The Sovnarkhoz reform targeted the problem of unbalanced planning that had been broadly discussed in 1956 and was supposed to resolve the inapplicability of plans. According to the economic journal Planovoe khozyaistvo , shortcomings in planning were supposed to be eliminated by reinforcing planning and increasing the role of USSR Gosplan. 1 USSR Gosplan, in charge of both perspective and current planning after the abolition of Gosekonomkomissiya , 2 would concentrate on ensuring the proportional development of the industrial branches, republics and economic regions and on planning production investment. It should communicate its decisions on the most rational economic relations, specialization, cooperation and investments, only through these plans. 3 At the same time, it was up to the republics and sovnarkhozy to propose the best utilization of local resources and the specialization of the regions, as well as pointing to the economic, geographical and cultural peculiarities of each republic or region. 4 In response to republican demands from previous years, volume targets for industrial production, wages and cost price would now be assigned to each republic without specifying separate targets for each industrial branch. The targets for gross output and commercial production would also be assigned to the republics in total. It was now the responsibility of the republican CM to assign the targets to the sovnarkhozy and oblispolkomy for local industry. 5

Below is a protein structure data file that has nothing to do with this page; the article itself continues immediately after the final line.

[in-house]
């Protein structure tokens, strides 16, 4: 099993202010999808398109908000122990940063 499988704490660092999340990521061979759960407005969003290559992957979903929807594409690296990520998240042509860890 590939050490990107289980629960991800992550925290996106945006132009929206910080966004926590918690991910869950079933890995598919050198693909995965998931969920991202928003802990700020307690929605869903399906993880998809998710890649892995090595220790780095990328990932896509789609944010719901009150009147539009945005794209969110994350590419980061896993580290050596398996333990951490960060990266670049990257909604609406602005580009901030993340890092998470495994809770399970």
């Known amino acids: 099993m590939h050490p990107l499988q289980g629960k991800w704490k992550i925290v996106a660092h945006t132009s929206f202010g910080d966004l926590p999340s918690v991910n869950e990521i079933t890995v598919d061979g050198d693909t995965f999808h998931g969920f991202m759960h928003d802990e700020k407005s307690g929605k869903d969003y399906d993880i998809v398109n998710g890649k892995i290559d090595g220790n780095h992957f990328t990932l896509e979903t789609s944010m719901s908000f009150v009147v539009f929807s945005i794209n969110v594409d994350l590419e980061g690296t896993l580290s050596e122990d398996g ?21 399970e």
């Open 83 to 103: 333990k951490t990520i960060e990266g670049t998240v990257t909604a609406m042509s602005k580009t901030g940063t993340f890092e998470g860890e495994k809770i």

The transfer of most current and perspective planning to the republics inevitably promoted republic Gosplans to a key position in the Soviet economic administration. Before the reform Ukraine fully planned only one-tenth of its own production; now it had to plan more than 96 per cent of the republic’s gross output. 6 Before the reform Gosplan of Ukraine distributed funded materials for only a limited number of Ukrainian ministries and departments. Now it was in charge of supplying practically the entire republican economy.